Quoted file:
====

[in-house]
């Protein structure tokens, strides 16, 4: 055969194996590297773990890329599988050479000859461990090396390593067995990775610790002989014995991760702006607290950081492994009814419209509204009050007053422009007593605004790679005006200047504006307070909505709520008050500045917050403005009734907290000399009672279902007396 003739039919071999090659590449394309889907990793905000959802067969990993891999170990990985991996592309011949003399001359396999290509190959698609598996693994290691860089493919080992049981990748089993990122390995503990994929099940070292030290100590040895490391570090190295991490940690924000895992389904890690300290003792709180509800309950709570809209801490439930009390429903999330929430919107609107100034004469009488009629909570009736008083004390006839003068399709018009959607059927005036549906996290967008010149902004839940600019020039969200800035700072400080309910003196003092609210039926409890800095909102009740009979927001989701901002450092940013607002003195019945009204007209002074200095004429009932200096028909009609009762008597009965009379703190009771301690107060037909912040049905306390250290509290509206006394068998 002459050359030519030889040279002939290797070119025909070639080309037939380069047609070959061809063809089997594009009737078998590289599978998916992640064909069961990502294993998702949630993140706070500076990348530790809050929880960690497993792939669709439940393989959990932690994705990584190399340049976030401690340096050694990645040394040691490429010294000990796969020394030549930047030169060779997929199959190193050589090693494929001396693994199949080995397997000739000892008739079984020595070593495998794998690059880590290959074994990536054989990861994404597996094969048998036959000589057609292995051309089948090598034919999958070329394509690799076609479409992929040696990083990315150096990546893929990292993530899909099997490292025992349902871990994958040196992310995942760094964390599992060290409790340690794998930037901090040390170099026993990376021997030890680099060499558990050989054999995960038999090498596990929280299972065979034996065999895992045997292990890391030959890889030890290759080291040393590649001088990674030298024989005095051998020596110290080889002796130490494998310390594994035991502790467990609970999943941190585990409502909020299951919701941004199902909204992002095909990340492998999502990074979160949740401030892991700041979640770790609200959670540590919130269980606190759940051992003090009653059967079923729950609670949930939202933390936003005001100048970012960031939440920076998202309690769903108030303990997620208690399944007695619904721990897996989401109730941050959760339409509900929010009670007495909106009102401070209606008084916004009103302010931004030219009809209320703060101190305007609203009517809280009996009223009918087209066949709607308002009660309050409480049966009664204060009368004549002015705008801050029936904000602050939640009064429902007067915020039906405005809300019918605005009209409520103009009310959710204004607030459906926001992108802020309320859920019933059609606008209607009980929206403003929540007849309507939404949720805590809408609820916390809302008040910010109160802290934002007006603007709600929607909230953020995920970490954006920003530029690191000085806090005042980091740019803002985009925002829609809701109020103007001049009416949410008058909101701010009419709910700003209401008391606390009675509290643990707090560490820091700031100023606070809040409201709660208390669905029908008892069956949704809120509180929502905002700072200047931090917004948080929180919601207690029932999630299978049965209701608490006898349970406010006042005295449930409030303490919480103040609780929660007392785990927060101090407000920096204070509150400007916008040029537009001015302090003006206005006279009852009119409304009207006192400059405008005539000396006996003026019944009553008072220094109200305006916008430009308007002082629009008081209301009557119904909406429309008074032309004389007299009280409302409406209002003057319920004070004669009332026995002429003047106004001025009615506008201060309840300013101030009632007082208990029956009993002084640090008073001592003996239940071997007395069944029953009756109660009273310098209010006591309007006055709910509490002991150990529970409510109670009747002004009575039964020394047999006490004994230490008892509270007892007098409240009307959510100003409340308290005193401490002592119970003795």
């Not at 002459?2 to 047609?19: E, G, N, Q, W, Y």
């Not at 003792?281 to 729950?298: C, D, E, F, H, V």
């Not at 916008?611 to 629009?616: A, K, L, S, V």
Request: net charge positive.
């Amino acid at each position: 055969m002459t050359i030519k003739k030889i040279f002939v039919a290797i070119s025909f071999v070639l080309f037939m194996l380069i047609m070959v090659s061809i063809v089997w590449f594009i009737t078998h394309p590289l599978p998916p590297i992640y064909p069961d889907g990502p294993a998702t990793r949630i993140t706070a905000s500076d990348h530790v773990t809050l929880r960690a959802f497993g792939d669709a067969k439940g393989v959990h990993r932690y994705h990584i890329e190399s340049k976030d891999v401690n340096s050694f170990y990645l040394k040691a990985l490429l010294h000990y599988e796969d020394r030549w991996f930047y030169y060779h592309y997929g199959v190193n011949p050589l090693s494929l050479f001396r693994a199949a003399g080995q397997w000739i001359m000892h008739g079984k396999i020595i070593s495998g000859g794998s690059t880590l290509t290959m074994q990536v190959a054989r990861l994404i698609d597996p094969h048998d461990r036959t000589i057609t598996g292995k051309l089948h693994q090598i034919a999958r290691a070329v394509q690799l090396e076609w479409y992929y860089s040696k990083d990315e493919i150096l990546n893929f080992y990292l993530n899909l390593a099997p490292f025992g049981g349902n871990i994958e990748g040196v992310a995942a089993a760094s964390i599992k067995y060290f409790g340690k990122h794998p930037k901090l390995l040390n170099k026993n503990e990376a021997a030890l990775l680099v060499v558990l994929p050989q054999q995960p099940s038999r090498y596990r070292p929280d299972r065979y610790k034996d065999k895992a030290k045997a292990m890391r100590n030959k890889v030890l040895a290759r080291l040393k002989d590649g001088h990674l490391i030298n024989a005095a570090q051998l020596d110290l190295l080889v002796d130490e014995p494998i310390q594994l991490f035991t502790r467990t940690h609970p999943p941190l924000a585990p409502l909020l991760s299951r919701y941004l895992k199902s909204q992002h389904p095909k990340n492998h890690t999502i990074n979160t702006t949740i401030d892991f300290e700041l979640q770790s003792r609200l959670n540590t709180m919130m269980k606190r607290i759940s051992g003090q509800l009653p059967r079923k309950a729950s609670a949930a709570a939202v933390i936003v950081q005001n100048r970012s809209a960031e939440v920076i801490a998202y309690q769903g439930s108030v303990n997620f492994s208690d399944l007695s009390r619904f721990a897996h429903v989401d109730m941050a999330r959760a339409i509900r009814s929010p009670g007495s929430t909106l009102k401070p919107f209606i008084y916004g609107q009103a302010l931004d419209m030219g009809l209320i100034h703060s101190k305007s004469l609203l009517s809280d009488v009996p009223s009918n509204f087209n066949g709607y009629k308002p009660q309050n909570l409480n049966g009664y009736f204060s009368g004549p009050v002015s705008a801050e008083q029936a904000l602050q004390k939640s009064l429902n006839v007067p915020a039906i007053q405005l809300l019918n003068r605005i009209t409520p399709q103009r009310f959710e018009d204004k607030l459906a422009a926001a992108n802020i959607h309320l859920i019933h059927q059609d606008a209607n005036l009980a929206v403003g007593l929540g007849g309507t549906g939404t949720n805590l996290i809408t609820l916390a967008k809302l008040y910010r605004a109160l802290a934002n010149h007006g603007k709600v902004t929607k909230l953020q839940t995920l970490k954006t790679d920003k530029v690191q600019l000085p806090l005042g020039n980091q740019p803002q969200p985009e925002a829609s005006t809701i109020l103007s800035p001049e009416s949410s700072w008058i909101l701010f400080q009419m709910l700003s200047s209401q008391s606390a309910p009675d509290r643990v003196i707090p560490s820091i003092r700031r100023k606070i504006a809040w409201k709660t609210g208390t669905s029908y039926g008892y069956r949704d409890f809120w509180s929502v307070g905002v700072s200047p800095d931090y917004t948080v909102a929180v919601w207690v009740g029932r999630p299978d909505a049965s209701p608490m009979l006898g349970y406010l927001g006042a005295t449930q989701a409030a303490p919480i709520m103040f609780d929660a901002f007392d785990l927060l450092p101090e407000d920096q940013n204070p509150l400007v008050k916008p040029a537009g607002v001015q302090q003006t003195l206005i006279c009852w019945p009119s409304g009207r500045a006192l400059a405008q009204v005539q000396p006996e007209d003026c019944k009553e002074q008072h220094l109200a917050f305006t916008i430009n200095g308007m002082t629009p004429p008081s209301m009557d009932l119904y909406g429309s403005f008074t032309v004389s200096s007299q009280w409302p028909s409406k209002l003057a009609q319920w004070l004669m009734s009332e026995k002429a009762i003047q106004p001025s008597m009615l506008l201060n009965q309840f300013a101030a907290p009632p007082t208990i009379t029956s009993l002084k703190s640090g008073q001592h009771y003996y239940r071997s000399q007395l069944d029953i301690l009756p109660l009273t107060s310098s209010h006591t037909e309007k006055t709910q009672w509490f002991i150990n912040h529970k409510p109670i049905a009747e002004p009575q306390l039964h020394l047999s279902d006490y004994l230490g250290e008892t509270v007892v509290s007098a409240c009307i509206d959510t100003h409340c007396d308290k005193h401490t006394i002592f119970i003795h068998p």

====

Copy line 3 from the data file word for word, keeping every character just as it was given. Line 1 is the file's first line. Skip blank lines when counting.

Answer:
């Not at 002459?2 to 047609?19: E, G, N, Q, W, Y």